This salon will offer you a brief introduction to the technology and practices of Geocaching. We will share a few stories from our adventures while Geocaching and talk about how you can get started yourself. We will introduce you to Geocaching in a simple concise way and you will have the opportunity to go out and discover a Geocache for yourself at the event. Bring a GPS if you have one, but it’s ok if you don’t since we will a few available for use.

Buck McGibbony is a software engineer & computer technician residing with his wife Yuki in the Silverlake area of Los Angeles. Buck is currently owner of WiseWerks, a small software development and consulting company. When not tweaking computer programs or running around L.A. fixing printers and hard drives Buck enjoys flying, hiking and traveling.

Yuki Uehara-McGibbony is from Japan and came to Los Angeles in ‘93 to study theatrical lighting. After working for stage productions as a freelancer for over 10 years, she decided to settle down in a cubicle. Now she happily works for a Japanese company as bilingual secretary. Yuki enjoys Geocaching while on vacation and here in Los Angeles.



Farmlab Public Salon
Marcos Lutyens & Alessandro Marianantoni
Friday, February 12, 2010 @ Noon
Free Admission

Parts per million: Phase transitions in awareness

This Salon highlights Marcos Lutyens' and Alessandro Marianantoni's ongoing project CO2morrow, a large scale installation on the facade of the Royal Academy, London, UK in the exhibit eARTh: Art of a changing world. The installation will travel to various National Trust properties in the UK through 2010. The project explores the relationship between public awareness, perception and atmospheric conditions, particularly CO2 levels, and its effects on social and cultural issues.

Marcos Lutyens is an intermedia artist who has exhibited internationally, including at the Venice Biennale of Art and shows curated by the Museum of Contemporary Art in Los Angeles, the image Festival in Italy and the the Royal Academy in the United Kingdom. He has often worked with the process of hypnosis to explore the unconscious and associated schema, and collaborated with Matt Mullican, Raimundas Malasauskas and other artists and curators. He recently performed at Artists Space, NYC, Kunstverein, Amsterdam and the Kadist Art Foundation, Paris and is involved with continuing explorations into the mind. He engaged in experiments with Dr. V. S. Ramachandran, Director of the Center for Brain and Cognition, at the University of California, San Diego to explore the brain's neural pathways in the synesthetic mind. His work with the mind, has lead him to develop events and exhibits that reflect research with specific social or ethnic groups such as the Muxhe, from the Zapotec culture in Southern Mexico.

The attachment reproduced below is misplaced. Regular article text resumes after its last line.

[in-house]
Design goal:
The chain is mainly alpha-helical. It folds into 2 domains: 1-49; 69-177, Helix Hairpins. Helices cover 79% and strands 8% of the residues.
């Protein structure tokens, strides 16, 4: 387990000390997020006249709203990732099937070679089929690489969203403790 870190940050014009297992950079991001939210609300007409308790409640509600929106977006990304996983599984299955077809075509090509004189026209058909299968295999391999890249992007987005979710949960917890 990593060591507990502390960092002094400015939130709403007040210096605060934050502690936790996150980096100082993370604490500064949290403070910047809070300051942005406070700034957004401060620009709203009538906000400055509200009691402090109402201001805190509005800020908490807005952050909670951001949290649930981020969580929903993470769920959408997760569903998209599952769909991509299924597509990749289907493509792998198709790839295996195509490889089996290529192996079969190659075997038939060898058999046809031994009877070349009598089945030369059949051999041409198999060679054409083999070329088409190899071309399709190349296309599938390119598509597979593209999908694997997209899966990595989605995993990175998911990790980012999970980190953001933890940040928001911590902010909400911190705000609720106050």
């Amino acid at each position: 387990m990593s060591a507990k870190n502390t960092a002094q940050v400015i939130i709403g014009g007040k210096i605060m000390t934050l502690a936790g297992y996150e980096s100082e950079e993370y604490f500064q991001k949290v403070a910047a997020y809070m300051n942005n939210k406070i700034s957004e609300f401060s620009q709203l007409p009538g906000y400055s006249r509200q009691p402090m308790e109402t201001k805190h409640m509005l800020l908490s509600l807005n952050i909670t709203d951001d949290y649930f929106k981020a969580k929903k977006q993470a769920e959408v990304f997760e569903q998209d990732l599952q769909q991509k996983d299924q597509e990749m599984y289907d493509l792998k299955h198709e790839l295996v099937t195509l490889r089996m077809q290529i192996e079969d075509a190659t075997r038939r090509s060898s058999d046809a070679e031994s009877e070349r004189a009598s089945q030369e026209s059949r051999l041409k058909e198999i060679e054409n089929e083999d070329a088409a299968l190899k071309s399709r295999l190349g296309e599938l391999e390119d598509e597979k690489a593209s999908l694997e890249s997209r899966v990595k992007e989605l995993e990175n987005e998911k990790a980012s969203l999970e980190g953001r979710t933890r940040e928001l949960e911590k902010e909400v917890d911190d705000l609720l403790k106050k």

Building on his investigations into consciousness and social dynamics, Lutyens has worked on large scale projects that involve interactivity, the environment and new technologies. Works include data tracking, feedback from vehicle traffic and pedestrian flows, pollution and air quality levels, brain wave monitoring and other objective factors that are generally invisible to the casual observer, and yet as important to us as the subjective processes of the inner mind.

Alessandro Marianantoni works on projects across different fields: culture, technology, environment and art with a multi-disciplinary approach.He produced several interactive art installations exhibited between Los Angeles and Italy, receiving public and private sponsorships. He earned a degree in Computer Science from the University of L'Aquila, with a thesis on perceptual interfaces at the USC Integrated Media System Center, afterwards he was a researcher at the UCLA REMAP center at the Theater, Film and TV Dept where, across different projects he was able to enrich his research in technology. While based in Los Angeles he often travels to Italy where, with public funding, he started MEDIARS, an Experimental Center focused on Cultural Heritage and Technology. As a program director at MEDIARS he runs the international summer program Art, Technology and Cultural Heritage in the Castle of Contigliano. Over the last 15 years he has designed and developed innovative projects involving music, healthcare and environment.

Further Information:,

Image courtesy Marcos Lutyens



Special Thursday Evening Salon
Mel Chin
Thursday, February 11, 2010, 7.00-9.00pm

There is no (a) solution, because there is no (a) problem

Or: Making a 300 Million Dollar Difference with Conceptual

Art in the Age of Disaster and other Repetitive Negativities